- Choose the right OTC medicine based on your child’s weight and age. The “Directions” section of the Drug Facts label tells you if the medicine is right for your child and how much to give. If a dose for your child’s weight or age is not listed on the label or you can’t tell how much to give, ask your pharmacist or doctor what to do.
- Never give more of an acetaminophen-containing medicine than directed. If the medicine doesn’t help your child feel better, talk to your doctor, nurse, or pharmacist.
- If the medicine is a liquid, use the measuring tool that comes with the medicine—not a kitchen spoon.
- Keep a daily record of the medicines you give to your child. Share this information with anyone who is helping care for your child.
- If your child swallows too much acetaminophen, get medical help right away, even if your child doesn’t feel sick. For immediate help, call the 24-hour Poison Control Center at 800-222-1222, or call 911.
June 11, 2011
For a medicine to work for you—and not against you—you’ve got to take the right dose.
Many over-the-counter liquid medicines—such as pain relievers, cold medicine, cough syrups, and digestion aids—come with spoons, cups, oral droppers, or syringes designed to help consumers measure the proper dose. These “dosage delivery devices” usually have measurement markings on them—such as teaspoons (tsp), tablespoons (tbsp), or milliliters (mL).
But the markings aren’t always clear or consistent with the directions on the medicine’s package. The Food and Drug Administration (FDA) has received numerous reports of accidental overdoses—especially in young children—that were attributed, in part, to the use of dosage delivery devices that were unclear or incompatible with the medicine’s labeled directions for use.
Parents and caregivers can do their part, too, to avoid giving too much or too little of an over-the-counter medicine. Here are 10 tips:
- Always follow the directions on the Drug Facts label of your medicine. Read the label every time before you give the medicine.
- Know the “active ingredient” in the medicine. This is what makes the medicine work and it is always listed at the top of the Drug Facts label. Many medicines used to treat different symptoms have the same active ingredient. So if you’re treating a cold and a headache with two different medicines but both have the same active ingredient, you could be giving two times the normal dose. If you’re confused, check with a doctor, nurse, or pharmacist.
- Give the right medicine, in the right amount. Medicines with the same brand name can be sold in different strengths, such as infant, children, and adult formulas. The dose and directions also vary for children of different ages or weights. Always use the right strength and follow the directions exactly. Never use more medicine than directed unless your doctor tells you to do so.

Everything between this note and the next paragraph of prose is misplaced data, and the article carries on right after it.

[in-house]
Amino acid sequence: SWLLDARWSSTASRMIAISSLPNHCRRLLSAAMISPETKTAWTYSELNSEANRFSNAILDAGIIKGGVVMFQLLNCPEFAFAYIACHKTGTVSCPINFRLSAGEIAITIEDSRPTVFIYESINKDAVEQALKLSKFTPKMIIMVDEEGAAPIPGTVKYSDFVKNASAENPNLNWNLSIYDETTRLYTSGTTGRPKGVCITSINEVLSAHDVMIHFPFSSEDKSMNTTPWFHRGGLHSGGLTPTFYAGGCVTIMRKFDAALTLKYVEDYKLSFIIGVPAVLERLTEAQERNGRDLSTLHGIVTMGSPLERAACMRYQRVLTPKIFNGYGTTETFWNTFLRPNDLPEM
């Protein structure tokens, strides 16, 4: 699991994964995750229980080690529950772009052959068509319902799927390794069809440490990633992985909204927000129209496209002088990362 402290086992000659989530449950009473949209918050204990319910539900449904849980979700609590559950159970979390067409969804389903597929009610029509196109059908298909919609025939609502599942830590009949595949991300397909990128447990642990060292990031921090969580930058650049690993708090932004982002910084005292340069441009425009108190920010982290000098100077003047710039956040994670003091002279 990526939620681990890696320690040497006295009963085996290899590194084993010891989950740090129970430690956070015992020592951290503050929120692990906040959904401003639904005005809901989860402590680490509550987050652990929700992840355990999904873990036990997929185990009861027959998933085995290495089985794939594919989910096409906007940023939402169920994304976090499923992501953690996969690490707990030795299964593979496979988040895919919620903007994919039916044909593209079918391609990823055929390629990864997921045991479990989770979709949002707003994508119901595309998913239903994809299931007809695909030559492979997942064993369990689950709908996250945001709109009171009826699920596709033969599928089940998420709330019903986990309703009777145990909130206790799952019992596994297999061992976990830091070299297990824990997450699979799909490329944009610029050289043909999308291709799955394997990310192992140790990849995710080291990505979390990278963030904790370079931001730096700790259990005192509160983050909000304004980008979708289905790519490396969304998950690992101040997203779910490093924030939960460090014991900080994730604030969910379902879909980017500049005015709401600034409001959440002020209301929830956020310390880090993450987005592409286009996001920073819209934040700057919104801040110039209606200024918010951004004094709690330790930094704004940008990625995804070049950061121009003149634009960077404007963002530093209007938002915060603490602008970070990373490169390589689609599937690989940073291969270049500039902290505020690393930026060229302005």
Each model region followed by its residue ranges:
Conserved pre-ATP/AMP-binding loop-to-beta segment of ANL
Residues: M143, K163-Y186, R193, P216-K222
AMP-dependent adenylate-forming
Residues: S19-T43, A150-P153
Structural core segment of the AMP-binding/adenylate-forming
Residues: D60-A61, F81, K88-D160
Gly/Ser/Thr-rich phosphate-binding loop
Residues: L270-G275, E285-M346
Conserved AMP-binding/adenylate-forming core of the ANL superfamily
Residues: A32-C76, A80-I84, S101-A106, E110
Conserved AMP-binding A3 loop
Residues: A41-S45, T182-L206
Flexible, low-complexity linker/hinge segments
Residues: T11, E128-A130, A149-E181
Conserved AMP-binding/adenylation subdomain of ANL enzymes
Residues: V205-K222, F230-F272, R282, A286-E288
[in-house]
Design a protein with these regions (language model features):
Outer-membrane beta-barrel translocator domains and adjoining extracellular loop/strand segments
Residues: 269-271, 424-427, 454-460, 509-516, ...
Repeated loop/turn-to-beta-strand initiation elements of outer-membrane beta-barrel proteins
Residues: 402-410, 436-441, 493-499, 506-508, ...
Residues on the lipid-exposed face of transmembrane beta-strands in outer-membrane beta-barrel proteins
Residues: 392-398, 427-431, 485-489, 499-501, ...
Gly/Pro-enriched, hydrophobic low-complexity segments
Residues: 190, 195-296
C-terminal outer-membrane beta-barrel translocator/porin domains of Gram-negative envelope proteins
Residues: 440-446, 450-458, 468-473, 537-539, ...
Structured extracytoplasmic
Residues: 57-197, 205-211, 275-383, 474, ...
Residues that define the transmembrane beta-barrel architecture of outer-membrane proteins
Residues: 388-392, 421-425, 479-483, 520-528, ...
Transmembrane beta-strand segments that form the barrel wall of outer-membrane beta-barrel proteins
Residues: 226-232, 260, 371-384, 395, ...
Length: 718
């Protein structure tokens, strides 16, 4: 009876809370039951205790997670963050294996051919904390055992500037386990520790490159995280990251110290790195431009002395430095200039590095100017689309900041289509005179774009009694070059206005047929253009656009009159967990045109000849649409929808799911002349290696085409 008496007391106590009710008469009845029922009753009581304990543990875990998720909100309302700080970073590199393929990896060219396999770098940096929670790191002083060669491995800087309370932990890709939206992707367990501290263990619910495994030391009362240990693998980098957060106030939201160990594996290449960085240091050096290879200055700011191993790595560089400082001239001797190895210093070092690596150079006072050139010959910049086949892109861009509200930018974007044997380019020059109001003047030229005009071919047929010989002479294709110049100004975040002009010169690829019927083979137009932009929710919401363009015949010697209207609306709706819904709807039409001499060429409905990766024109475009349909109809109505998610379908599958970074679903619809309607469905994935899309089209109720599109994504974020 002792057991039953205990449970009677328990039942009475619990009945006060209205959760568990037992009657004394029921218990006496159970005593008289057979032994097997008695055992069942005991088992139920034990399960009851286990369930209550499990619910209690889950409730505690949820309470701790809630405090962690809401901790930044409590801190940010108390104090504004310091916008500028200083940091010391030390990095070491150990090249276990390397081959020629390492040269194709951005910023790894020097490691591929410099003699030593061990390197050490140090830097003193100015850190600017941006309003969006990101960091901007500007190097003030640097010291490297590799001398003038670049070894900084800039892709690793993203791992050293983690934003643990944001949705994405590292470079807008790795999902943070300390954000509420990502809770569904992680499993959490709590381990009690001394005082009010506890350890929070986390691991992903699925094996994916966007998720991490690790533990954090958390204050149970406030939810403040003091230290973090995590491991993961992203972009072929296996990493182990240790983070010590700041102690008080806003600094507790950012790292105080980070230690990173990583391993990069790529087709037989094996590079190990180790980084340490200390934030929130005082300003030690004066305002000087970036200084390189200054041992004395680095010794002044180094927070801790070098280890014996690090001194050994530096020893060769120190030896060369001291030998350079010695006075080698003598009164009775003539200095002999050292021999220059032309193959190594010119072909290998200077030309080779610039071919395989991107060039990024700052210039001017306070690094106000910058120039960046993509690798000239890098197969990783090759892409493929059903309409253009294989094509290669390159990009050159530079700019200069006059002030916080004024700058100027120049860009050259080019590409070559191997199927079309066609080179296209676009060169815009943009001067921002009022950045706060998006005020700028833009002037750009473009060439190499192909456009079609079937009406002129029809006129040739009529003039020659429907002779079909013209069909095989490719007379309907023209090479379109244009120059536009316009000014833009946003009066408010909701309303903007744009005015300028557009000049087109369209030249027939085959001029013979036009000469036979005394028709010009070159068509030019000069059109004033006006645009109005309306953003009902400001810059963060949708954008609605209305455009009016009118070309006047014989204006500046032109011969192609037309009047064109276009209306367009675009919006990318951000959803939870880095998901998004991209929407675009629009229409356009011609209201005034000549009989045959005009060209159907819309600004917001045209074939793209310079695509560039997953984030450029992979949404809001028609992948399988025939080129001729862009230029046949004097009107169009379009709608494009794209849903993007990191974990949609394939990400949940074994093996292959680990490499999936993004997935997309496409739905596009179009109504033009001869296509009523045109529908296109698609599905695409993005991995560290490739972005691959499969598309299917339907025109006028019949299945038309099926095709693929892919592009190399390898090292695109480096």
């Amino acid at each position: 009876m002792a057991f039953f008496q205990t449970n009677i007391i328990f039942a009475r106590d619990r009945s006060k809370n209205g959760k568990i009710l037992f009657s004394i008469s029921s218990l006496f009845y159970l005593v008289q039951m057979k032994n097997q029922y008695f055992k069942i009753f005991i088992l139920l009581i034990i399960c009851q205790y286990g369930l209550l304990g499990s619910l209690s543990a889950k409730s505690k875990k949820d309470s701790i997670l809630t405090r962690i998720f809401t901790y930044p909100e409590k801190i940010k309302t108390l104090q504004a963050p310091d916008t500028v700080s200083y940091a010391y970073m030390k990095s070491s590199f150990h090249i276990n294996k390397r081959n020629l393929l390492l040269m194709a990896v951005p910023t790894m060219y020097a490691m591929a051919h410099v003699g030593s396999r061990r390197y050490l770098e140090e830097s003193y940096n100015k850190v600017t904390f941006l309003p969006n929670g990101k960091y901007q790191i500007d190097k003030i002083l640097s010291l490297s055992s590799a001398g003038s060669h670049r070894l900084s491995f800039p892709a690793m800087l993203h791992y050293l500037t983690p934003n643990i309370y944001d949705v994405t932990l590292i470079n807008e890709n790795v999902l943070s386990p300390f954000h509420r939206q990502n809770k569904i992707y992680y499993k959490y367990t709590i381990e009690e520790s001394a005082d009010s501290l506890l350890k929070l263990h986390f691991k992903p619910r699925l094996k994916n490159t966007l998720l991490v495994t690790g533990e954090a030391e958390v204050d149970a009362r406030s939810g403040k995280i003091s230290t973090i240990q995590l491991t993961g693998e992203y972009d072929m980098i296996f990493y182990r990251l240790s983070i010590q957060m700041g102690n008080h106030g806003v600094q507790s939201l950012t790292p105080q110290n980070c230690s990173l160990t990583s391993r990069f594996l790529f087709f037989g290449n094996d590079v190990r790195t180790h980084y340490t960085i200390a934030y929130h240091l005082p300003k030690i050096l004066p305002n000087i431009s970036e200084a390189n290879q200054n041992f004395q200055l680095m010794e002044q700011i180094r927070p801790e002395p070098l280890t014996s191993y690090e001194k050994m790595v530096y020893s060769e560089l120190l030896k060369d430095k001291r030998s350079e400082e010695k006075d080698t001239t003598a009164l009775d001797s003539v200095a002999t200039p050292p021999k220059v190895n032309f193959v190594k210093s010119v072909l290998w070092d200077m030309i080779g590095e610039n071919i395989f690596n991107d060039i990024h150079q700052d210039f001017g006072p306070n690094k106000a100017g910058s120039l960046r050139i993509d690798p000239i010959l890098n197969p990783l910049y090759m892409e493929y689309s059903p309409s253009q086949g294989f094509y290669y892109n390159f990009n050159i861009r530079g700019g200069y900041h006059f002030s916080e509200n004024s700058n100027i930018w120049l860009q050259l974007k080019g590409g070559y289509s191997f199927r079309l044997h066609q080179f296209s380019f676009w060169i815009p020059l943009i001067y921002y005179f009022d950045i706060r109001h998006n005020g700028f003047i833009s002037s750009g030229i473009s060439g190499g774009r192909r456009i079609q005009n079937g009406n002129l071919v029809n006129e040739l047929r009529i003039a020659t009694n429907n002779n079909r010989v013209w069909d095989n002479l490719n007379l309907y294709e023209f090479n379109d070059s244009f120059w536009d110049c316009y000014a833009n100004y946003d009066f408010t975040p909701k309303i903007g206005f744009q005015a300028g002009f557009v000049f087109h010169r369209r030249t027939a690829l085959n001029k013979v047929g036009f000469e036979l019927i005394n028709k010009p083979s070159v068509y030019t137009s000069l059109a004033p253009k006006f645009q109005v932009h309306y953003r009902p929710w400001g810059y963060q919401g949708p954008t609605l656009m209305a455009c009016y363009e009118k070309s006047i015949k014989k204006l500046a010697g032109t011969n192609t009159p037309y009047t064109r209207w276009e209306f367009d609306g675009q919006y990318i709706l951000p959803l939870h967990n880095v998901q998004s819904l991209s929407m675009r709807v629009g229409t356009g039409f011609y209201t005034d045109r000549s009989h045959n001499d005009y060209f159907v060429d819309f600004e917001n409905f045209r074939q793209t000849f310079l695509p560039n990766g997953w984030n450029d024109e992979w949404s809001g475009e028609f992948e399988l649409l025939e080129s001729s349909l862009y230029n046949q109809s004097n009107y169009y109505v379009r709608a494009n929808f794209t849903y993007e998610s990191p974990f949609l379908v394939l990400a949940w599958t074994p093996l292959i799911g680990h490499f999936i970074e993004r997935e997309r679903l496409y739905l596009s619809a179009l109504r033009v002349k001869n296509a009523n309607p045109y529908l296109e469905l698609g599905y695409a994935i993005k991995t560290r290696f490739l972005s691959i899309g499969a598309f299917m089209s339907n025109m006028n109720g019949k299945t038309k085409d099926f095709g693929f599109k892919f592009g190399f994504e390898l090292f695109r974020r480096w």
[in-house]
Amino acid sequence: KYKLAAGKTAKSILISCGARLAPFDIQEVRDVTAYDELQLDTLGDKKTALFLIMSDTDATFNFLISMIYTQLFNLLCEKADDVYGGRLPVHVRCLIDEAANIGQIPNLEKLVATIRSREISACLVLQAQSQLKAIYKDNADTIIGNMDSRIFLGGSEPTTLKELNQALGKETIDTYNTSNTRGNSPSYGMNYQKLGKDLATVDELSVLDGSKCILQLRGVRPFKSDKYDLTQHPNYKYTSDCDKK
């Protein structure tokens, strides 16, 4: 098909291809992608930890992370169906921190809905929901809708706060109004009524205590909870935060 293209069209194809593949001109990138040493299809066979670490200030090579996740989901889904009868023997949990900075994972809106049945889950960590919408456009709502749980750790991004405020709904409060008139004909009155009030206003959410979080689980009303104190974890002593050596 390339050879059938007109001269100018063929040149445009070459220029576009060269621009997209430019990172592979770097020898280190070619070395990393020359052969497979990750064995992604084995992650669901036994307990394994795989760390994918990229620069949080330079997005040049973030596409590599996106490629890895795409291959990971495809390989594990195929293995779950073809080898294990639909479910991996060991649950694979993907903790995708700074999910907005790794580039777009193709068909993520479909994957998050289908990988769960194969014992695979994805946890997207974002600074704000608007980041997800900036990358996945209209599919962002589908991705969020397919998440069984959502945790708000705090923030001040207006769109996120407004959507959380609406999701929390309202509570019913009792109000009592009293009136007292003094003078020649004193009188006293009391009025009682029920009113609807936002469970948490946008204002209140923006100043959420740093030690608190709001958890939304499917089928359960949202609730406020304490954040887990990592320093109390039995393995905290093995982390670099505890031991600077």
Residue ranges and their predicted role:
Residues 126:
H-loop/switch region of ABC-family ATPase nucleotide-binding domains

- Talk to your doctor, pharmacist, or nurse to find out what mixes well and what doesn’t. Medicines, vitamins, supplements, foods, and beverages aren’t always compatible.
- Use the dosage delivery device that comes with the medicine, such as a dropper or a dosing cup. A different device, or a kitchen spoon, could hold the wrong amount of medicine. And never drink liquid medicine from the bottle.
- Know the difference between a tablespoon (tbsp) and a teaspoon (tsp). A tablespoon holds three times as much medicine as a teaspoon. On measuring tools, a teaspoon (tsp) is equal to “5 mL.”
- Know your child’s weight. Dosage amounts for some medicines are based on weight. Never guess how much to give your child or try to figure it out from the adult dose instructions. If a dose is not listed for your child’s weight, call your health care professional.
- Prevent a poison emergency by always using a child-resistant cap. Relock the cap after each use. Be especially careful with any medicines that contain iron; they are the leading cause of poisoning deaths in young children.
- Store all medicines in a safe place. Some are tasty, colorful, and many can be chewed. Kids may think they’re candy. Store all medicines and vitamins out of your child’s (and your pet’s) sight and reach. If your child takes too much, call the Poison Center Hotline at 800-222-1222 (open 24 hours a day, 7 days a week) or call 9-1-1.
- Check the medicine three times before using. For any medicine, it is always good practice to first, check the outside packaging for such things as cuts, slices, or tears. Second, once you’re at home, check the label on the inside package to be sure you have the right medicine and that the lid and seal are not broken. Third, check the color, shape, size, and smell. If you notice anything unusual, talk to a pharmacist or other health care professional before using.